Report: Worn Tires Put Drivers at Risk

Auto safety experts are warning that driving during heavy rains can be just as dangerous as driving on ice covered roads. 

New research from AAA reveals that driving on relatively worn tires at highway speeds in wet conditions can increase average stopping distances by as much as 43 percent, more than the length of a semi-trailer truck, when compared to new tires. 

With nearly 800,000 crashes occurring on wet roads each year, AAA urges drivers to check tread depth, replace tires proactively, and increase following distances significantly during rainy conditions.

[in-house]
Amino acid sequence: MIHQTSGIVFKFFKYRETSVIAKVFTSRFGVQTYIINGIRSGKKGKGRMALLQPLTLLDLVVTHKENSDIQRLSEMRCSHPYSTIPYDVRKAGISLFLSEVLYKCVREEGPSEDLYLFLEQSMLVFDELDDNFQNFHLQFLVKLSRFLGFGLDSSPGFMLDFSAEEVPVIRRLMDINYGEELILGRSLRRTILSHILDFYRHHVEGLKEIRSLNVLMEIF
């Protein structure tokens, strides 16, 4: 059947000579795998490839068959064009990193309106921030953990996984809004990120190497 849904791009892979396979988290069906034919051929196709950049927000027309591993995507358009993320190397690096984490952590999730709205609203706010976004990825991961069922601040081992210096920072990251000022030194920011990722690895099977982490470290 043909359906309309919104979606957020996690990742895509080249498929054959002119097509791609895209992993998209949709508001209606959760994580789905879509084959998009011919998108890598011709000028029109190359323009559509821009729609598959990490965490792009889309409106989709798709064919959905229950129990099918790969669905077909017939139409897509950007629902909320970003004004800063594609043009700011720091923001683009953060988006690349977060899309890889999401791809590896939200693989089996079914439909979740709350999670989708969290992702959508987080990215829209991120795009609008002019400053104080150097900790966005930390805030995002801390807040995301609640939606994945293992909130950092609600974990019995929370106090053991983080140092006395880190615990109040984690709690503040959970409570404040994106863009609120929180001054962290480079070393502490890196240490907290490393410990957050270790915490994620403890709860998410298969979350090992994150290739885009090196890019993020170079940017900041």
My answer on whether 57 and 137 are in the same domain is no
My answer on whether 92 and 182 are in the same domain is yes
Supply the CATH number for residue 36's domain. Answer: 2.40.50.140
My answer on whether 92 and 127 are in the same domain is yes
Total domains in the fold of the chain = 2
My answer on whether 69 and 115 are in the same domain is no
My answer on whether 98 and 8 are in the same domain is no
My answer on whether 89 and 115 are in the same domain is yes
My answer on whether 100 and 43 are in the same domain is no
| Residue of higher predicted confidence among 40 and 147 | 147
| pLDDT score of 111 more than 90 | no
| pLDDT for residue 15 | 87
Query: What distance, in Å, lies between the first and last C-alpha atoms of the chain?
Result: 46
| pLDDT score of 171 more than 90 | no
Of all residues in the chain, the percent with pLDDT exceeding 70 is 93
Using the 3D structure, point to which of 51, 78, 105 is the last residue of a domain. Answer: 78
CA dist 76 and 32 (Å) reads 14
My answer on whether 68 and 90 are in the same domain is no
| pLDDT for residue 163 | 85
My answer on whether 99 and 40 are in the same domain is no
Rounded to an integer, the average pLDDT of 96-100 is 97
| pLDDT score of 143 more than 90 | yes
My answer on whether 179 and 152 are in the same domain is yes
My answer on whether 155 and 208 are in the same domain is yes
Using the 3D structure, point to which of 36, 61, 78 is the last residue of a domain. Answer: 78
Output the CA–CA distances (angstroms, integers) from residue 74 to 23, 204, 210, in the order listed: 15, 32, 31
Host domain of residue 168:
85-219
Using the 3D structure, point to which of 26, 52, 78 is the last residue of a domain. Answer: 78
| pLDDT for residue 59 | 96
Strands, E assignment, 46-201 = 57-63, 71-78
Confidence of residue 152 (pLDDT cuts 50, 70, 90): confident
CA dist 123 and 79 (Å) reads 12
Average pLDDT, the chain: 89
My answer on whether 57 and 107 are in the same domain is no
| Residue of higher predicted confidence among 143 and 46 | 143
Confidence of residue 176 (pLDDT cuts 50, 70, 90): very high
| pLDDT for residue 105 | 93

AAA says it conducted testing to understand performance differences at highway speeds between new all-season tires and those worn to a tread depth of 4/32” on wet pavement. 

AAA researchers say they found that compared to new tires, tires worn to a tread depth of just 4/32” exhibit an average increased stopping distance of 87 feet for a passenger car and 86 feet for a light truck; and a 33 percent reduction in handling ability, for a passenger car and 28 percent for the light truck on average. 

While AAA said its research found that tire performance does vary by brand, price is not necessarily an indicator of quality. 

In fact, researchers say worn tire performance deteriorated significantly for all tires tested, including those at a higher price point. 

AAA advises shoppers to research options carefully before selecting a replacement tire for their vehicle, and never choose one based on price alone.


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